The day before the first game of their tournament, the teams from group F seem focussed but relaxed. Iraq usually walk around the hotel grounds as a team, Sweden are taking advantage of the warmer climes by tanning up and getting their hair even more blonde, and Mexico and Nigeria are a little more elusive. It’s three time winners Nigeria v current  Champions Mexico tomorrow at 5pm at the Sheikh Khalifa bin Zayed stadium, Al Ain.  These two are potential winners of this tournament and everyone agrees that the most important thing in a tournament is to win your first game, so it will be an interesting and exciting game to watch.

My day seemed to start a little earlier today with a 1am phonecall from the kit manager. I resisted picking up but after the fifth time, I thought I’d best as it could be an emergency. It wasn’t. He had just run out of iron-on ‘FIFA Fair Play’ patches for the kits. What he wanted me to do at that hour, I don’t know. Maybe I should have reciprocated his courtesy and called the FIFA general coordinator at 1am to ask him to send me some patches. I think this would have been a short diary entry if I had. Needless to say he wasn’t in my good books this morning. That’s another thing. I  originally assumed that all those patches on the short sleeves for matches were produced by the shirt manufacturer along with the shirt, but apparently not. Teams are given these once they arrive for the tournament and then kit man then has to iron on each individual patch on each shirt. Thankfully, FIFA do provide a heat press machine which does each patch in 20 seconds.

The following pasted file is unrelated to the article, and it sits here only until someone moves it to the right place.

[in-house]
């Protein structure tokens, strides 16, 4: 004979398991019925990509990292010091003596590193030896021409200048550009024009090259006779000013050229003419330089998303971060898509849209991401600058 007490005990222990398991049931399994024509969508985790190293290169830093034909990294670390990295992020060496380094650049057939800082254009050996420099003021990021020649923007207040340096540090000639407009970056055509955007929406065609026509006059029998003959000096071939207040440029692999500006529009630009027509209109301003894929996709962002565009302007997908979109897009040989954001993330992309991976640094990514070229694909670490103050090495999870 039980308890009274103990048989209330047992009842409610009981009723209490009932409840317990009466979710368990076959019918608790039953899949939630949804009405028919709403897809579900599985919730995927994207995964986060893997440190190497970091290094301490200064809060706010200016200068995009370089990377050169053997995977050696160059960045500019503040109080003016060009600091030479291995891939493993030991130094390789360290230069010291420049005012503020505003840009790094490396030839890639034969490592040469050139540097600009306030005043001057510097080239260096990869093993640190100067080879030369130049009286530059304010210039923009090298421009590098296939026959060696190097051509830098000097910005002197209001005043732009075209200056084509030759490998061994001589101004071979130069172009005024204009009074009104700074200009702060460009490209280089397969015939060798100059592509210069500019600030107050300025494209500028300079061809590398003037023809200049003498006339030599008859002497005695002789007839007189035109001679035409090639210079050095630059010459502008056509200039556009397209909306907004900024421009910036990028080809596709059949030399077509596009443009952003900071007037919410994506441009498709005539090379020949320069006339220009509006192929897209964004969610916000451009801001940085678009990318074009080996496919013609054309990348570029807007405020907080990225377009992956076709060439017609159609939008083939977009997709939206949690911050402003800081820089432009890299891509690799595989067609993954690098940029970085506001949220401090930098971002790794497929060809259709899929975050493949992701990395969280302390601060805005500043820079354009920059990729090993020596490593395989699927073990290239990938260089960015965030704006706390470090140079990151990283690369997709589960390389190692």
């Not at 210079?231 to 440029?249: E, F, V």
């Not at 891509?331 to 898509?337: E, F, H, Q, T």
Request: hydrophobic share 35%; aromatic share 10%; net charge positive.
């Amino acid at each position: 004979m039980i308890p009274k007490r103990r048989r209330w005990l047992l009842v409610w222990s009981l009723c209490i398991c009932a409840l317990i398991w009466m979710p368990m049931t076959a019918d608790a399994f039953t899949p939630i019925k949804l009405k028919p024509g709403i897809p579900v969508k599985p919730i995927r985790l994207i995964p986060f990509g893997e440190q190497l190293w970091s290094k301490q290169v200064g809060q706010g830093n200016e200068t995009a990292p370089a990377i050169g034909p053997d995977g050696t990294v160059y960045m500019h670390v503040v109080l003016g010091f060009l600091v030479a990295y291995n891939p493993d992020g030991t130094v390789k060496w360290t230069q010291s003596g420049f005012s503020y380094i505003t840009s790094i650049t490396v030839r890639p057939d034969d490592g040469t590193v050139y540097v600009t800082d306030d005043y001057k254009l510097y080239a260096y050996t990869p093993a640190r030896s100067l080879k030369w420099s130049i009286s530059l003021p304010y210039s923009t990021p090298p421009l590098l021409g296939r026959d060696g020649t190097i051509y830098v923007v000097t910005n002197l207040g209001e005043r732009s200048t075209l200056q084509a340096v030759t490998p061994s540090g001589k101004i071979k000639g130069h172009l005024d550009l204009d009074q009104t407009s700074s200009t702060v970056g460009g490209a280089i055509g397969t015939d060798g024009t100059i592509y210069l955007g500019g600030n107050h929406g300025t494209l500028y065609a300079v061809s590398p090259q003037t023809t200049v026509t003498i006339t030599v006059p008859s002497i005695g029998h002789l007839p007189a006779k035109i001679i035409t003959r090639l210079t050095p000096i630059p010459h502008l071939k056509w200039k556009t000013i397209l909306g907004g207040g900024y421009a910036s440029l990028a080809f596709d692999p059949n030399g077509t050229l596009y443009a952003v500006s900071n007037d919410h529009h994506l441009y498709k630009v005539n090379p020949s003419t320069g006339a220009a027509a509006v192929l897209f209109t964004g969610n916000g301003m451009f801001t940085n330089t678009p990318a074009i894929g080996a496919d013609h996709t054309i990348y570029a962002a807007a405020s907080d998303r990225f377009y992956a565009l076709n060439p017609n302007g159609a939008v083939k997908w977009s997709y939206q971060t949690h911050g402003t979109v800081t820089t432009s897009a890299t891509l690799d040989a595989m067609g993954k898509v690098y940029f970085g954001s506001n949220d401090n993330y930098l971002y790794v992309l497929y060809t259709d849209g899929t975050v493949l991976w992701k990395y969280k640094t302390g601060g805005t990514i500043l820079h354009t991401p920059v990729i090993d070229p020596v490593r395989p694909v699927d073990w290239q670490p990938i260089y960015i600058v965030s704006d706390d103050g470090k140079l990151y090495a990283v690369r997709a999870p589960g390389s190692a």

Training had its usual high tempo warm up, and I had to leave not long after for the Match Coordination Meeting, which I will explain further in a bit. It was good to see police dogs and the police themselves searching and clearing the training area for any possible foreign objects before we were allowed on the pitch. Of course it is unlikely for anything to happen in one of the safest countries I’ve ever been to and in a youth tournament, but it was once again an example of FIFA’s professionalism and attention to detail. I don’t want to sound like a sycophant but FIFA do get a rough ride, and rightly so in some cases, but you have to admire their organisational excellence. It really is a well oiled machine.

Police and their dog in action

Police and their dog in action

I just wanted to share my experiences about the differences in coaching methods I’ve seen so far against what I’ve generally regarded as ‘good practice’.